Japanese underwriter Tokyo Marine has accused Greensill Capital of using “fraudulently obtained” insurance policies, firing the latest salvo in the battle over who pays for the collapse of the UK-based supply chain finance company.
Greensill collapsed last year after its insurance cover was canceled. The company, led by Australian financier Lex Greensill and backed by SoftBank, had used the insurance to guarantee that its borrowers would repay their debts. This allowed Greensill to sell on the debt, most of it to Credit Suisse, where it was marketed to end investors as almost risk free.
The implosion of Greensill has kicked off a global battle to recoup losses that run into the billions. Credit Suisse warned on Monday that legal action against insurers and companies that borrowed from its Greensill-linked fund could take “around five years”.
Tokyo Marine’s statement on Monday marked the first time since the March 2021 insolvency of Greensill that the Japanese insurer had formally accused its client of fraud.
It also provided confirmation that Greensill’s insurers would use allegations of misrepresentation as a critical defense against paying out on cover provided to the finance group.
The Greensill policies were underwritten by an Australian subsidiary of Tokyo Marine named The Bond & Credit Co. The Japanese parent group said it had found that “matters material to the underwriting of the policies were fraudulently misrepresented to BCC by Greensill”.
It added there was a “fraudulent failure” to disclose “material matters” before policies were agreed and extended and that the misrepresentations continued after Tokio Marine bought the BCC operation in 2019 from Insurance Australia Group.
“In light of those fraudulent misrepresentations and fraudulent breaches of an [insured party’s] duty of disclosure, Tokyo Marine has today advised counterparties that these policies and related obligations are void from inception, ”the insurer said.
The statement will come as a blow to Greensill investors, who see insurance claims as a way of recovering their losses.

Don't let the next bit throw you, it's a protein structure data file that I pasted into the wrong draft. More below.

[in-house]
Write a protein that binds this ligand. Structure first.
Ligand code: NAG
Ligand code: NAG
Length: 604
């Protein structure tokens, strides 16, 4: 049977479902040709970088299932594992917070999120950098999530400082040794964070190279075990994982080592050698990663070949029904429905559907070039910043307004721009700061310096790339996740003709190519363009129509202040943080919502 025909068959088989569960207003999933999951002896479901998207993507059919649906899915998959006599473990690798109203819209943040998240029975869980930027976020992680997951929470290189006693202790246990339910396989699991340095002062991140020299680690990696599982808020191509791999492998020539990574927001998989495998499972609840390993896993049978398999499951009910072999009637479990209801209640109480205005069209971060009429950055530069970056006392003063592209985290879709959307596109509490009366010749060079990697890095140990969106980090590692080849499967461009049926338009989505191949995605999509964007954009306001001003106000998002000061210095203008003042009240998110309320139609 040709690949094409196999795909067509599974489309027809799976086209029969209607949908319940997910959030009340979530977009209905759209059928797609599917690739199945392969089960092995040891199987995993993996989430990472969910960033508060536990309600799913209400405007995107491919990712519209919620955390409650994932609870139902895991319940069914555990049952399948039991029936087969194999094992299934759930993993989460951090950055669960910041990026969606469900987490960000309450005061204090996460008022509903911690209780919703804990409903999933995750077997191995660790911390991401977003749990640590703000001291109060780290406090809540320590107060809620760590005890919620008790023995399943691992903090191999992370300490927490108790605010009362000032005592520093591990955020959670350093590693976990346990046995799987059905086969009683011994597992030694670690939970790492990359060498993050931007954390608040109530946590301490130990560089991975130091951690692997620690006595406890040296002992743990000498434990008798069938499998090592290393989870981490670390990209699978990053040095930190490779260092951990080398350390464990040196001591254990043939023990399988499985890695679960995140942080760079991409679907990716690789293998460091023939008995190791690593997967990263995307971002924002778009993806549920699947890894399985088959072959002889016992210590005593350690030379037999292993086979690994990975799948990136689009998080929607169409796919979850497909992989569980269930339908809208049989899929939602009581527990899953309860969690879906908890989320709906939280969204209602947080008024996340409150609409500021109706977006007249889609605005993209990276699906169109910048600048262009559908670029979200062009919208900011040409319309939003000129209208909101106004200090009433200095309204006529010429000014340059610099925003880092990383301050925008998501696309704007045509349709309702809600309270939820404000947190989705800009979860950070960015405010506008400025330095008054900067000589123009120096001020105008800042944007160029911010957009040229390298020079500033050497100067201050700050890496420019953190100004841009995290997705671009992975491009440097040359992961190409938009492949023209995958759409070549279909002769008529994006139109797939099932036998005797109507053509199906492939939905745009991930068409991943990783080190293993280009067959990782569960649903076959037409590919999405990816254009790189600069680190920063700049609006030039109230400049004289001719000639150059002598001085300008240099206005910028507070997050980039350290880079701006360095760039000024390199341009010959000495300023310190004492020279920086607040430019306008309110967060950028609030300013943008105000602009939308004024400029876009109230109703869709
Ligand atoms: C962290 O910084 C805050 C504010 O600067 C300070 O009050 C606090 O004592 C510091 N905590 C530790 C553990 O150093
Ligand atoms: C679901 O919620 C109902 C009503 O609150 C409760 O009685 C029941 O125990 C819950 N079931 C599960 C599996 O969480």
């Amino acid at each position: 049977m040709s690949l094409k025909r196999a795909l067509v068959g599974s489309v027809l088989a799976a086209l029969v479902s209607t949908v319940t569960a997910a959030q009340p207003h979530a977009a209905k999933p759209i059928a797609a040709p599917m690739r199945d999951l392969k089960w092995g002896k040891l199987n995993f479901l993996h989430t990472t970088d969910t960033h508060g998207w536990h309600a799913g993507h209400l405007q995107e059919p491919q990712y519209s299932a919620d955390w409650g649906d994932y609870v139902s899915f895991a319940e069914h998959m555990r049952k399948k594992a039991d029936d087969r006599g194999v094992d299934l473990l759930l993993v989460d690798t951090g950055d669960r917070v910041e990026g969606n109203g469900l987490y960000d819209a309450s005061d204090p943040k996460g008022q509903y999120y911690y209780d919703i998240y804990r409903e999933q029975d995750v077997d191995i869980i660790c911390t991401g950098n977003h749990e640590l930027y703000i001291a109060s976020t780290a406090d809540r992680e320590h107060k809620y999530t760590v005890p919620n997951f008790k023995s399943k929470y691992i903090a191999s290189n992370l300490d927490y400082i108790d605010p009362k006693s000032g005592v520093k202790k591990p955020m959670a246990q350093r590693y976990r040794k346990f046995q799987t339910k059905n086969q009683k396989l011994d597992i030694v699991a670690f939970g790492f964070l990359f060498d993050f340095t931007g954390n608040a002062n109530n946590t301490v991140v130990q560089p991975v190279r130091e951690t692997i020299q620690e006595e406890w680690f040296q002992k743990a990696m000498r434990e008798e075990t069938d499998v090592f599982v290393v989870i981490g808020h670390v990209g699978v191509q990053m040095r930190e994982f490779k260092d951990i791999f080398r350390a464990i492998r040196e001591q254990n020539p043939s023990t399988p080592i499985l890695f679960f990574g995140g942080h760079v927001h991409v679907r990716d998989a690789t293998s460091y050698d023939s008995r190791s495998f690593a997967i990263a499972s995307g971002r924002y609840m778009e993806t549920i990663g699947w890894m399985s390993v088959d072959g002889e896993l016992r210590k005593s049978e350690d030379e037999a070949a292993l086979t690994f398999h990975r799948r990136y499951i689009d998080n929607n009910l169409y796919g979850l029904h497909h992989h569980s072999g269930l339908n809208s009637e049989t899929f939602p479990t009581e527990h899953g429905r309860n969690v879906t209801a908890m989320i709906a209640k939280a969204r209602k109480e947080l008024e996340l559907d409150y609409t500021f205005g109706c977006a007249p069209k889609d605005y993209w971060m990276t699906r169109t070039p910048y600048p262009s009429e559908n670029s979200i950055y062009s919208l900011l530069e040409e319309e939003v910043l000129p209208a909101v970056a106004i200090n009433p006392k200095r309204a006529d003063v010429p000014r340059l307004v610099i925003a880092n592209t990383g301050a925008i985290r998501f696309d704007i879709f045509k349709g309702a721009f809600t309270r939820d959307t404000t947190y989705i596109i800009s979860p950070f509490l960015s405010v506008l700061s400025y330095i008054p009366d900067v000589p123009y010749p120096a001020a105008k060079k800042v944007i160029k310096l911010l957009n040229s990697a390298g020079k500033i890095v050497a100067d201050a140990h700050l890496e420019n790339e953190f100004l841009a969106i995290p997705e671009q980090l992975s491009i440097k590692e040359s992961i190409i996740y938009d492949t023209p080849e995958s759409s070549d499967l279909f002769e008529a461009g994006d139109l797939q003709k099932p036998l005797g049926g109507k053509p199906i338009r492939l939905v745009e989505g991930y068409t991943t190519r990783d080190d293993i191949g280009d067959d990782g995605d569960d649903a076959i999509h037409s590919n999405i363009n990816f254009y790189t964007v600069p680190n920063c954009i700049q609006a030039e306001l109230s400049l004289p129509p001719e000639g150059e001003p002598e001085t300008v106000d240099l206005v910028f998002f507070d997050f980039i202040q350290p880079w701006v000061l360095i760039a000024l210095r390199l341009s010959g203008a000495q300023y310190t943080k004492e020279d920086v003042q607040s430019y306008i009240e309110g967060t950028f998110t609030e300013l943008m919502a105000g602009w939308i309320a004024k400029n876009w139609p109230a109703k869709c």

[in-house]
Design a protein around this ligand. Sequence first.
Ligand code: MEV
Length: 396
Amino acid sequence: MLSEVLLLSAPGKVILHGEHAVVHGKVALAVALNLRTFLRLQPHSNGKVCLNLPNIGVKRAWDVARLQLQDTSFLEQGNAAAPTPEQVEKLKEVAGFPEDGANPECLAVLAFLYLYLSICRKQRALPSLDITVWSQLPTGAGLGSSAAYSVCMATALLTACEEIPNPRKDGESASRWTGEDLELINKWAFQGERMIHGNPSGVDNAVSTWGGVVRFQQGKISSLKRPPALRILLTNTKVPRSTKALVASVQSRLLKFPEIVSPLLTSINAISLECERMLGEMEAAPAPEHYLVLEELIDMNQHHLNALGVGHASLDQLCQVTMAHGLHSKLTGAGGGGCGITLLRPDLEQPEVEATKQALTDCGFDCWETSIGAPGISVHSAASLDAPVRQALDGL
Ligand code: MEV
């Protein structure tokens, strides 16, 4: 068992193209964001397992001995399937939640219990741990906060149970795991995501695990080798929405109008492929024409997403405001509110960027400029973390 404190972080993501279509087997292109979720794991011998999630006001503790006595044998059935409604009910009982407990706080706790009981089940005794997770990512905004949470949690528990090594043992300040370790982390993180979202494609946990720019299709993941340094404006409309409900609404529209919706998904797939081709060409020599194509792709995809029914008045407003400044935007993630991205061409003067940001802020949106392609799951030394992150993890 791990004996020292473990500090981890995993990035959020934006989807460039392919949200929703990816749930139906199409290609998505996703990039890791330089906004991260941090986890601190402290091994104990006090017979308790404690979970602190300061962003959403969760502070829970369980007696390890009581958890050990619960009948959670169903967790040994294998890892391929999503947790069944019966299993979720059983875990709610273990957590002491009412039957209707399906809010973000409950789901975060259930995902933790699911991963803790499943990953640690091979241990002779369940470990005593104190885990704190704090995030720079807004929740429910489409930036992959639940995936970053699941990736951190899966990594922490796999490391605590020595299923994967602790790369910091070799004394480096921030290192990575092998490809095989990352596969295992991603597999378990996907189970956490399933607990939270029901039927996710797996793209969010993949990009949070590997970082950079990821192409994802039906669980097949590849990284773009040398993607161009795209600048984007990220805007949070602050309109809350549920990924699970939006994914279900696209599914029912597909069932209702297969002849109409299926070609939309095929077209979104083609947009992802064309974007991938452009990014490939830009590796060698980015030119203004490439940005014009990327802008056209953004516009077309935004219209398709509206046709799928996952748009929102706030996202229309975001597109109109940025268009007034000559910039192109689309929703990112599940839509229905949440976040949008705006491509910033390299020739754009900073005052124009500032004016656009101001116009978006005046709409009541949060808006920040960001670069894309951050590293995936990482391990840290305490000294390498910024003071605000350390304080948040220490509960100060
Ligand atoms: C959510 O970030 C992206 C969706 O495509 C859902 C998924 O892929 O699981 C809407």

The fallout from the Greensill scandal has highlighted practices at BCC, the underwriting business that provided it with the crucial insurance cover, that allowed investors to treat debts originated by the finance group as almost risk-free.
BCC’s Sydney office was once visited by former UK prime minister David Cameron, then an adviser to Greensill, underlining its importance to the company. When a BCC executive was fired in 2020 for exceeding his underwriting authority, Greensill’s main insurers pulled back and it failed to find cover elsewhere, triggering the group’s demise.
Tokyo Marine, which first publicly questioned the validity of the insurance in March 2021, continued to say it would defend itself against any claims, including Greensill-related proceedings in Australia against the IAG. People close to the Japanese insurer said the Greensill insolvency process created a likely “pipeline of claims” in the coming months and years.
IAG said on Monday it was continuing to “work together” with Tokyo Marine to defend the claims and it “maintains its position that it has no net insurance exposure to trade credit policies sold through BCC”. IAG has previously said it passed any exposure to Tokyo Marine as part of the BCC sale.
Greensill’s administrator declined to comment.
Credit Suisse declined to comment on the Tokyo Marine statement. In its own disclosures on Monday, it revealed it had clawed back $ 43mn in pay from employees involved in the supply-chain funds, 10 of whom were fired.
The bank was answering questions from shareholders, led by Swiss foundation Ethos, who were demanding a special audit into the bank’s failings on Greensill. The investors successfully campaigned to have Credit Suisse amend a vote at its annual meeting this month that would have absolved directors and executives for the Greensill scandal.